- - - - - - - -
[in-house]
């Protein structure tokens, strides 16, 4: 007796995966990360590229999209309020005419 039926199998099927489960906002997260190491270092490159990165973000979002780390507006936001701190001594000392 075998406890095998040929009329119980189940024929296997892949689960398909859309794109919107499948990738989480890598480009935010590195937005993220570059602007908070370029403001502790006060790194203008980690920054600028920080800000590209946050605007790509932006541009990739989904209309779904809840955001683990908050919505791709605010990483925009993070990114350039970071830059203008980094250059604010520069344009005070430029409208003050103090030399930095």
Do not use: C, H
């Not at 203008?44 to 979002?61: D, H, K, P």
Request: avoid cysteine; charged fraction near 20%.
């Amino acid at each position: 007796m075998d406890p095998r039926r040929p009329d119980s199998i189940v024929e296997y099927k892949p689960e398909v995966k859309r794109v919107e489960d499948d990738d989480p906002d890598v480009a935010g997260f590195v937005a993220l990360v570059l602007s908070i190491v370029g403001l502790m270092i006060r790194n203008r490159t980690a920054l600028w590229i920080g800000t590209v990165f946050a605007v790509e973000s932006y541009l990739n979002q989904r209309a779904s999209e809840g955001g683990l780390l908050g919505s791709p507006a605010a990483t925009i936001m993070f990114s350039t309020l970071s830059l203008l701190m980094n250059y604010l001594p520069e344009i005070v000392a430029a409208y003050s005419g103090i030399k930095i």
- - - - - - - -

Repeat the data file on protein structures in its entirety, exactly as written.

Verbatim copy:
[in-house]
């Protein structure tokens, strides 16, 4: 007796995966990360590229999209309020005419 039926199998099927489960906002997260190491270092490159990165973000979002780390507006936001701190001594000392 075998406890095998040929009329119980189940024929296997892949689960398909859309794109919107499948990738989480890598480009935010590195937005993220570059602007908070370029403001502790006060790194203008980690920054600028920080800000590209946050605007790509932006541009990739989904209309779904809840955001683990908050919505791709605010990483925009993070990114350039970071830059203008980094250059604010520069344009005070430029409208003050103090030399930095």
Do not use: C, H
């Not at 203008?44 to 979002?61: D, H, K, P």
Request: avoid cysteine; charged fraction near 20%.
């Amino acid at each position: 007796m075998d406890p095998r039926r040929p009329d119980s199998i189940v024929e296997y099927k892949p689960e398909v995966k859309r794109v919107e489960d499948d990738d989480p906002d890598v480009a935010g997260f590195v937005a993220l990360v570059l602007s908070i190491v370029g403001l502790m270092i006060r790194n203008r490159t980690a920054l600028w590229i920080g800000t590209v990165f946050a605007v790509e973000s932006y541009l990739n979002q989904r209309a779904s999209e809840g955001g683990l780390l908050g919505s791709p507006a605010a990483t925009i936001m993070f990114s350039t309020l970071s830059l203008l701190m980094n250059y604010l001594p520069e344009i005070v000392a430029a409208y003050s005419g103090i030399k930095i």